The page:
Trading Volume: Implications of an Intertemporal Capital Asset Pricing Model


  • Lo is from MIT Sloan School of Management, and National Bureau of Economic Research (NBER), and Wang is from MIT Sloan School of Management, NBER, and China Center for Financial Research. The authors thank Joon Chae, Ilan Guedj, Jannette Papastaikoudi, Antti Petajisto, and Jean-Paul Sursock for excellent research assistance, and Jonathan Lewellen for providing his industry classification scheme. They are grateful to Wayne Ferson and seminar and conference participants at Boston College, the Chinese University of Hong Kong, Duke University, Georgetown University, Harvard Business School, London Business School, New York University, Oxford University, the Shenzhen Stock Exchange, UCLA, University of North Carolina, University of Pennsylvania, University of Toronto, the 8th World Congress of the Econometric Society, the 2001 Lectures in Financial Economics in Beijing and Taipei, the 2005 CORE Lectures at the Université Catholique de Louvain for helpful comments and suggestions. Financial support from the MIT Laboratory for Financial Engineering and the National Science Foundation (Grant No. SBR–9709976) is gratefully acknowledged.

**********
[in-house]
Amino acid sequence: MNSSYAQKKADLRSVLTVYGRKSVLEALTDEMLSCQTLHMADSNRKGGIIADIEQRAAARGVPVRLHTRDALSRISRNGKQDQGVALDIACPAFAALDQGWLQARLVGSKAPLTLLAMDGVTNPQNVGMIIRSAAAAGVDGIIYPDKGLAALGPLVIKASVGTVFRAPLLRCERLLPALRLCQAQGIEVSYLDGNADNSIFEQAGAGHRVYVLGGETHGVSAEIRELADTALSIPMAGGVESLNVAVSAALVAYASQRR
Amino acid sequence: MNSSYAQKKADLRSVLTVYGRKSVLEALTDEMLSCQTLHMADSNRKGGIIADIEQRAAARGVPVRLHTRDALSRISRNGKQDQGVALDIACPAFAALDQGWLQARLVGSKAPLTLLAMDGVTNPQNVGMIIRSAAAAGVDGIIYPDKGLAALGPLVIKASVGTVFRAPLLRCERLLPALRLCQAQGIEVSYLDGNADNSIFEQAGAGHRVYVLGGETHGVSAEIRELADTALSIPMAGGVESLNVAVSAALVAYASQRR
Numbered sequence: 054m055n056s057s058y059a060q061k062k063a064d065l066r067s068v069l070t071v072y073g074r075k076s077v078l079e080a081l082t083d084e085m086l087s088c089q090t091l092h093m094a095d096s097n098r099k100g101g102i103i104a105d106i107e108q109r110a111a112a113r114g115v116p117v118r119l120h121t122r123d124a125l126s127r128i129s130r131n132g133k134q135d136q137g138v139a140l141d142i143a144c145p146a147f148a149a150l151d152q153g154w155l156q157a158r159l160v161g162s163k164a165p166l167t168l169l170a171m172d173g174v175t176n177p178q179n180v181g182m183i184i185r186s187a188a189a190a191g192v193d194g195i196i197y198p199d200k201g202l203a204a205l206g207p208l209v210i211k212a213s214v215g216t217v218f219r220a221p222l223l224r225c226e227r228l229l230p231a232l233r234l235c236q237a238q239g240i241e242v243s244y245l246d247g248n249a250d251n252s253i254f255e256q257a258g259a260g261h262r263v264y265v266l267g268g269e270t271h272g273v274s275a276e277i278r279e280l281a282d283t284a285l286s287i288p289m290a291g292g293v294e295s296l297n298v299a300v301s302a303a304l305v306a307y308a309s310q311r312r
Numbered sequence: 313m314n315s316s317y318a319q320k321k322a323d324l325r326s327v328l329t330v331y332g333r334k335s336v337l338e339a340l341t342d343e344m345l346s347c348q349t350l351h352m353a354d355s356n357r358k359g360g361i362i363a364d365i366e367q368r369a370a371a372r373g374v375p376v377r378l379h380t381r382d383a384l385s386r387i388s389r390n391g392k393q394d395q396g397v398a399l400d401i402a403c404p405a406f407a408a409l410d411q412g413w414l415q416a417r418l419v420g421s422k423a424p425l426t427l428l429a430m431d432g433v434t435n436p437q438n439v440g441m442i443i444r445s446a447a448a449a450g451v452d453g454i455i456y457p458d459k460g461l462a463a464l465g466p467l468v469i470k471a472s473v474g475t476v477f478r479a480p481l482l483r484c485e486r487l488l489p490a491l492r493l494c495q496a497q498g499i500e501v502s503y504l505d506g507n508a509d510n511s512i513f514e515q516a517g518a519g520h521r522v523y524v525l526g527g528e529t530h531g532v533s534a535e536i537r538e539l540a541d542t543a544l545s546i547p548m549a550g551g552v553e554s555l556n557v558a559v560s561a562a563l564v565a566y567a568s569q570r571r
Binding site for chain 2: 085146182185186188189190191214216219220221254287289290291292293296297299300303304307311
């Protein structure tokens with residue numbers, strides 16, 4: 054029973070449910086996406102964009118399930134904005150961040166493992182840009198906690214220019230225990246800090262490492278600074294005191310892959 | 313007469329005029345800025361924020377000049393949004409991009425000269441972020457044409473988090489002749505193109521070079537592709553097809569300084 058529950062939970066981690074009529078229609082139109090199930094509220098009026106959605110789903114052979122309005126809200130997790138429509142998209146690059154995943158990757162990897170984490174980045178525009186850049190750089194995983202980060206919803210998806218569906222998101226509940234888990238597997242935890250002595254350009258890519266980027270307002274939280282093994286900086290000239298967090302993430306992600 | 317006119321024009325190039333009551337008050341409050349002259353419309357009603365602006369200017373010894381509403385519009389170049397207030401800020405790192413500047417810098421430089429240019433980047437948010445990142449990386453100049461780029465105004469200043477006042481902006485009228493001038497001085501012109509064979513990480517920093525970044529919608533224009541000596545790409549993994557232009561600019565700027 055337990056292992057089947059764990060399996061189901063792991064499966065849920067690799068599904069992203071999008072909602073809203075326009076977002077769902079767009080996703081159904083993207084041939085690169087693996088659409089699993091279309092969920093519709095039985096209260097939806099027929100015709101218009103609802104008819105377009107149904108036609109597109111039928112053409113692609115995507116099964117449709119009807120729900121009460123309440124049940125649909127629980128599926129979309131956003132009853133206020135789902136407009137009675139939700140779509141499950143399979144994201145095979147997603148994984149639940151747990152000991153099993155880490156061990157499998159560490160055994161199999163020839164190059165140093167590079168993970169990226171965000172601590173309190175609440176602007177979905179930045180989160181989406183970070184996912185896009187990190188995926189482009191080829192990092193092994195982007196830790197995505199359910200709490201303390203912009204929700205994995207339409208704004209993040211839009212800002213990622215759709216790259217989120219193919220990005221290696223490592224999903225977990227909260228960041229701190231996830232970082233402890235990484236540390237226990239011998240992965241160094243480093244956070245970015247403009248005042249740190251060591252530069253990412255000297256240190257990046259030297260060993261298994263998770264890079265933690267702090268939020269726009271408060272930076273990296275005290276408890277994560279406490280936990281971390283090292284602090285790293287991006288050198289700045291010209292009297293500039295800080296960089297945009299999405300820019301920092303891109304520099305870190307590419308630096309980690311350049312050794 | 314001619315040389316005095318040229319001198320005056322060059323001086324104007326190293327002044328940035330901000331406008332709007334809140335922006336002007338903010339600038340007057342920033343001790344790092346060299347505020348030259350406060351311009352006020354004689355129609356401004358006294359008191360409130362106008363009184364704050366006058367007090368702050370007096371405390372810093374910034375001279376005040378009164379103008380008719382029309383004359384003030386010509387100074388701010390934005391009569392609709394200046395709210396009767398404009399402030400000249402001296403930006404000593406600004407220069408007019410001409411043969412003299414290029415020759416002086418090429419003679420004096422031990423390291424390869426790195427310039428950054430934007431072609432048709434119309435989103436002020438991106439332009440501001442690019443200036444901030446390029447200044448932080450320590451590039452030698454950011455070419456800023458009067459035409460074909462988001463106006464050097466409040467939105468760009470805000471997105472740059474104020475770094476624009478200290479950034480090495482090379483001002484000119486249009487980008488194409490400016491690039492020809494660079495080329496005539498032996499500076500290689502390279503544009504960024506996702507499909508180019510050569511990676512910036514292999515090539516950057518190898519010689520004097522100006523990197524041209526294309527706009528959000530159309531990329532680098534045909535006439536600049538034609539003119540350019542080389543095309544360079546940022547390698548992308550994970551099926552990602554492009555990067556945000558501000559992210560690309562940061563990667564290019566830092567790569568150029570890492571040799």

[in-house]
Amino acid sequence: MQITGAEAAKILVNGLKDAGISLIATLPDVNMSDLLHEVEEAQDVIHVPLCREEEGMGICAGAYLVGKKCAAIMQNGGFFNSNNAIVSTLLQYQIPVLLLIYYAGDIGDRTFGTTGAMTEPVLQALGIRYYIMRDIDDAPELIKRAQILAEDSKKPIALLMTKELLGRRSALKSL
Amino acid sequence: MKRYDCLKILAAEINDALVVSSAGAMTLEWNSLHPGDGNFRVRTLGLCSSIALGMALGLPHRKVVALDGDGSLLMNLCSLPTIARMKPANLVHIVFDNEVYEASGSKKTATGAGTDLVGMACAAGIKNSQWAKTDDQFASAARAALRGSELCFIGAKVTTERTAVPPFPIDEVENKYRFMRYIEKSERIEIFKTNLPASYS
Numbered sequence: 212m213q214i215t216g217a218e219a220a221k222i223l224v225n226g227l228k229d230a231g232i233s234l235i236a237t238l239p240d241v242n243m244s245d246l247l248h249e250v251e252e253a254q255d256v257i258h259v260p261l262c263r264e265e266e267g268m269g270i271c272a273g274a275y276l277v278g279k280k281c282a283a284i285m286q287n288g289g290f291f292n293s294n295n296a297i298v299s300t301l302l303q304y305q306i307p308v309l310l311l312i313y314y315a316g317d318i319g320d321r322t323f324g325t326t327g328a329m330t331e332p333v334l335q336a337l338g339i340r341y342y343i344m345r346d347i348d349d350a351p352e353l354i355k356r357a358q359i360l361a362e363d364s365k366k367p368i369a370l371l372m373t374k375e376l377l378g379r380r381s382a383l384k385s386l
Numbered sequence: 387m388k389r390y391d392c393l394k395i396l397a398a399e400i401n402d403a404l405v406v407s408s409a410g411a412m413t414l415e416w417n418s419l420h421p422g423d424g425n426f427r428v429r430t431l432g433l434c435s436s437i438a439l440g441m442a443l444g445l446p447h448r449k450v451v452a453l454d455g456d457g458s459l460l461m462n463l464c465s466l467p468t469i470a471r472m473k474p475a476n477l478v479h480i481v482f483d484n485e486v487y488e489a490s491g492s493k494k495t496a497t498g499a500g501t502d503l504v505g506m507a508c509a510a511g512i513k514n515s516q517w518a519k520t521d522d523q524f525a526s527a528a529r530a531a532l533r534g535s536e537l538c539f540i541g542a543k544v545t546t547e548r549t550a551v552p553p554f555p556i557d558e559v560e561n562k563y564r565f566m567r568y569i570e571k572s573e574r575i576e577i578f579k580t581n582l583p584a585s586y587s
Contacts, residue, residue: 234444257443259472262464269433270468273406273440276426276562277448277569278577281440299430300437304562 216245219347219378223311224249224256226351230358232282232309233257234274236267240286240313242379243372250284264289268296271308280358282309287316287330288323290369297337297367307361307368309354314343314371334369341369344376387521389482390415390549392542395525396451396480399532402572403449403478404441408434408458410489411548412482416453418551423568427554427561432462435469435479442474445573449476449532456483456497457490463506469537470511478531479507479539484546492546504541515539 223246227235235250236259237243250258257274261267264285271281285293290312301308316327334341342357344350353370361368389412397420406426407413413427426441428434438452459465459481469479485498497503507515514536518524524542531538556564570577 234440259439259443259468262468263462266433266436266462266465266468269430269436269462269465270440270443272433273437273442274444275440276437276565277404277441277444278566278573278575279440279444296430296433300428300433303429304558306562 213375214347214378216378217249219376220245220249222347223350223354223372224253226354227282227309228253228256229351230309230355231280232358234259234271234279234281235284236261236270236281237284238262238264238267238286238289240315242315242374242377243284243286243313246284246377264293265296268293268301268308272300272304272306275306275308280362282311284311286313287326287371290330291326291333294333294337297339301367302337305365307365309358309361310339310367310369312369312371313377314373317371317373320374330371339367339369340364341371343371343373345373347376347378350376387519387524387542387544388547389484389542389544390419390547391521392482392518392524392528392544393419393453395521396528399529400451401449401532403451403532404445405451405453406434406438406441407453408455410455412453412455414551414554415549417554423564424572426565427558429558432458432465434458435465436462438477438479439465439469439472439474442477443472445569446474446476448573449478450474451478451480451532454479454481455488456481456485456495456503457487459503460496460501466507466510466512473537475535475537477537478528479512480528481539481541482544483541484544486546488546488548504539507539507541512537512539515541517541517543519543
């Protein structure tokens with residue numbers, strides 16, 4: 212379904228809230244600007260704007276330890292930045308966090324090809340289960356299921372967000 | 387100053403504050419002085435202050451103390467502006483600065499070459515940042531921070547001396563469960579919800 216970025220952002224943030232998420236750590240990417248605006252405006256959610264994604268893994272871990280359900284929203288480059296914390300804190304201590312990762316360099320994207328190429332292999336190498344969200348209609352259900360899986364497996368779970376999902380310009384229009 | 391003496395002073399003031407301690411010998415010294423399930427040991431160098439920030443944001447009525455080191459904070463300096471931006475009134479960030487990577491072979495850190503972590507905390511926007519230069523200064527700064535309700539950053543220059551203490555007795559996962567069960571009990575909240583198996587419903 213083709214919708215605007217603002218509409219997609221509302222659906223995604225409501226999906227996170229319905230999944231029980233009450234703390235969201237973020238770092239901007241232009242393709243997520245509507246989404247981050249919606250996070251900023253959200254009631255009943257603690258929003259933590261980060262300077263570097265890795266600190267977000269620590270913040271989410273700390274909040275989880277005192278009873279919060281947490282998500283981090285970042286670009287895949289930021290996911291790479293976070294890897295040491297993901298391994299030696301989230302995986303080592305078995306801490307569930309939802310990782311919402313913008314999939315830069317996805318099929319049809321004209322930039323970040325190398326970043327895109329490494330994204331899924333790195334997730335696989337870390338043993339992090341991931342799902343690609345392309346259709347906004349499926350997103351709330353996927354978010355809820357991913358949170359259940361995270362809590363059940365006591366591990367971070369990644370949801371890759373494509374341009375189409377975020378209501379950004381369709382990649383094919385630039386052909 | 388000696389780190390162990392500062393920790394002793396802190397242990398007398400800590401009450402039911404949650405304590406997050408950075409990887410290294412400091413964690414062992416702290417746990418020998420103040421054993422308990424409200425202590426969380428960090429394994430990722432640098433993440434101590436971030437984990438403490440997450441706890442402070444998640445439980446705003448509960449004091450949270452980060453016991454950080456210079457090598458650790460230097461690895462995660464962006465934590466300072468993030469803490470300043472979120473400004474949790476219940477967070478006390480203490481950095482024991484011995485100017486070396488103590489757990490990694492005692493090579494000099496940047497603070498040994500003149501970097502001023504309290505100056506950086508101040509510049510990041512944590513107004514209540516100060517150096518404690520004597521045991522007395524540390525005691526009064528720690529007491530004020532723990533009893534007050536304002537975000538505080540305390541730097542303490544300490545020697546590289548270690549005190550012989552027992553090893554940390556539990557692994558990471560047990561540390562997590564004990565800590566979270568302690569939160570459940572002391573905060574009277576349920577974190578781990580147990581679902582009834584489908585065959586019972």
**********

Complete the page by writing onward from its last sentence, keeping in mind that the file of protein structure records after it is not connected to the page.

We derive an intertemporal asset pricing model and explore its implications for trading volume and asset returns. We show that investors trade in only two portfolios: the market portfolio, and a hedging portfolio that is used to hedge the risk of changing market conditions. We empirically identify the hedging portfolio using weekly volume and returns data for U.S. stocks, and then test two of its properties implied by the theory: Its return should be an additional risk factor in explaining the cross section of asset returns, and should also be the best predictor of future market returns.